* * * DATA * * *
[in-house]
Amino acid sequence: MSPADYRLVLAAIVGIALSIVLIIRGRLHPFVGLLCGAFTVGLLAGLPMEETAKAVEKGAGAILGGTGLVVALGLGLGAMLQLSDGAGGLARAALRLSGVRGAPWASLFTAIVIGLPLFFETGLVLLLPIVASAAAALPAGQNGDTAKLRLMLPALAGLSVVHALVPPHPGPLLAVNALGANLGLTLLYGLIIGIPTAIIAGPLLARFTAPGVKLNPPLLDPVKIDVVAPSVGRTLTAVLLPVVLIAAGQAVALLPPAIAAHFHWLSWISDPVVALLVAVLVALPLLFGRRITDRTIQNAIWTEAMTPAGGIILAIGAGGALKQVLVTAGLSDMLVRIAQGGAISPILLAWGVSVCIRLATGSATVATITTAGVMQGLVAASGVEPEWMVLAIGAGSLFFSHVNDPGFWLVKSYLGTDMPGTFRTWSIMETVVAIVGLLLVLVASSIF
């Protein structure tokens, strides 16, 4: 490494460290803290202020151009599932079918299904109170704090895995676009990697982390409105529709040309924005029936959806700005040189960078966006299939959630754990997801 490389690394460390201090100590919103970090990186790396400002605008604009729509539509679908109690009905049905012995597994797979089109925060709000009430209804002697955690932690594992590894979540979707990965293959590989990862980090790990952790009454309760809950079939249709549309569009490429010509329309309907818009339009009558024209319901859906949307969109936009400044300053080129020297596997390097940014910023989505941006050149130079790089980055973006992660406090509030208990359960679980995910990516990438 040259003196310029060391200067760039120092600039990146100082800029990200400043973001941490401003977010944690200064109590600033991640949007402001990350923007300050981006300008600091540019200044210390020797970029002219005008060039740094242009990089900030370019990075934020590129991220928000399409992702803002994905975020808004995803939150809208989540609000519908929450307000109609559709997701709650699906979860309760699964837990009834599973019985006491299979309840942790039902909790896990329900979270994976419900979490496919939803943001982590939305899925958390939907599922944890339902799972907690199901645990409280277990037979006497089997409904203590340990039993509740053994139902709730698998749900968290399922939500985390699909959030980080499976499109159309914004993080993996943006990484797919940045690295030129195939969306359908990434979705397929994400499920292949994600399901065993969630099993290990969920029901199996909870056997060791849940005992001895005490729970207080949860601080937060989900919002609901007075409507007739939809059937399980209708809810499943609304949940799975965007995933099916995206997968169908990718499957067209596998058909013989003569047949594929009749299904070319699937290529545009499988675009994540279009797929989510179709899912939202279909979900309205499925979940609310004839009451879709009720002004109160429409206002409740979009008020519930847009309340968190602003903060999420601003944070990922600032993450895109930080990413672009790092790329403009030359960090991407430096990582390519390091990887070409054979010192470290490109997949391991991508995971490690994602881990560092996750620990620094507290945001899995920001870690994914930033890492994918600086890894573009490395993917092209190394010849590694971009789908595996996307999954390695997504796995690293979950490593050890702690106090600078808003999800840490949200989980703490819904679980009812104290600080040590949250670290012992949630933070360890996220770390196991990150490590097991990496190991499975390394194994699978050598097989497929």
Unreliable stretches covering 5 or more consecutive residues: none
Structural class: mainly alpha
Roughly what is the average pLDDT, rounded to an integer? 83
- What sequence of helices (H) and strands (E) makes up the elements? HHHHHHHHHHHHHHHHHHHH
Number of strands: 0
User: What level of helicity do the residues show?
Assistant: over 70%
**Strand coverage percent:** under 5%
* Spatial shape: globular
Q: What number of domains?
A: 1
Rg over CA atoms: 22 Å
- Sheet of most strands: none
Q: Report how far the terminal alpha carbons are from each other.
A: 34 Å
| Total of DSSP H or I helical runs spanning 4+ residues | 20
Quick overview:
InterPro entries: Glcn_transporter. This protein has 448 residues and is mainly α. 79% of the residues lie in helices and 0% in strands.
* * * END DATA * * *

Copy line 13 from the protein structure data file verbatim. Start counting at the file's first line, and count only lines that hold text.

Q: What number of domains?